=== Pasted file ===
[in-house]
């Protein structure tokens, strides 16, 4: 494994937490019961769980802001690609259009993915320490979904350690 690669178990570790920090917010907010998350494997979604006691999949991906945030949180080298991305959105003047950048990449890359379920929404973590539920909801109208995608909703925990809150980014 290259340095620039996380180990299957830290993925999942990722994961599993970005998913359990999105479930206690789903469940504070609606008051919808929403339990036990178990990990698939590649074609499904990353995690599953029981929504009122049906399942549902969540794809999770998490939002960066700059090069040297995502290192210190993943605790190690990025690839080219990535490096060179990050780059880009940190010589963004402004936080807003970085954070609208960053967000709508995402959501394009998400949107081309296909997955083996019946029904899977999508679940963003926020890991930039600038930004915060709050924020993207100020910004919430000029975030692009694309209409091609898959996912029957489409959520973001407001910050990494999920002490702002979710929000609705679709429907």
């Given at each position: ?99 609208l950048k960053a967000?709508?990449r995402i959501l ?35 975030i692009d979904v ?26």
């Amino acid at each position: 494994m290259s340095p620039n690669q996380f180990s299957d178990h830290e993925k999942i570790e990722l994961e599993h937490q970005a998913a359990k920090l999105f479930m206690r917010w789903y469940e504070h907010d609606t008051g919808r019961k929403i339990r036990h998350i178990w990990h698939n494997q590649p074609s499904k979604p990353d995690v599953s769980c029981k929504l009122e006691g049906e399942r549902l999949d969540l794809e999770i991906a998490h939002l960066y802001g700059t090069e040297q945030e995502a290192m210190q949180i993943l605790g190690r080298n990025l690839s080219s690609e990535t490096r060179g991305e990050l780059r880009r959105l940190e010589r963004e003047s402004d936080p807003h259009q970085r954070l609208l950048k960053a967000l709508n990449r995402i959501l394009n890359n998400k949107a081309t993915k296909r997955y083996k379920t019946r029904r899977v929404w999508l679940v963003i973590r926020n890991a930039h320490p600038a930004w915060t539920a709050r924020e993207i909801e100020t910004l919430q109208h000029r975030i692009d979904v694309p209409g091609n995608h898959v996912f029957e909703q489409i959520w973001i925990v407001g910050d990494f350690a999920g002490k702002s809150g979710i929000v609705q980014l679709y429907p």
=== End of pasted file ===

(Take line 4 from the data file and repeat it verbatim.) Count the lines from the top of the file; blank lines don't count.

């Amino acid at each position: 494994m290259s340095p620039n690669q996380f180990s299957d178990h830290e993925k999942i570790e990722l994961e599993h937490q970005a998913a359990k920090l999105f479930m206690r917010w789903y469940e504070h907010d609606t008051g919808r019961k929403i339990r036990h998350i178990w990990h698939n494997q590649p074609s499904k979604p990353d995690v599953s769980c029981k929504l009122e006691g049906e399942r549902l999949d969540l794809e999770i991906a998490h939002l960066y802001g700059t090069e040297q945030e995502a290192m210190q949180i993943l605790g190690r080298n990025l690839s080219s690609e990535t490096r060179g991305e990050l780059r880009r959105l940190e010589r963004e003047s402004d936080p807003h259009q970085r954070l609208l950048k960053a967000l709508n990449r995402i959501l394009n890359n998400k949107a081309t993915k296909r997955y083996k379920t019946r029904r899977v929404w999508l679940v963003i973590r926020n890991a930039h320490p600038a930004w915060t539920a709050r924020e993207i909801e100020t910004l919430q109208h000029r975030i692009d979904v694309p209409g091609n995608h898959v996912f029957e909703q489409i959520w973001i925990v407001g910050d990494f350690a999920g002490k702002s809150g979710i929000v609705q980014l679709y429907p």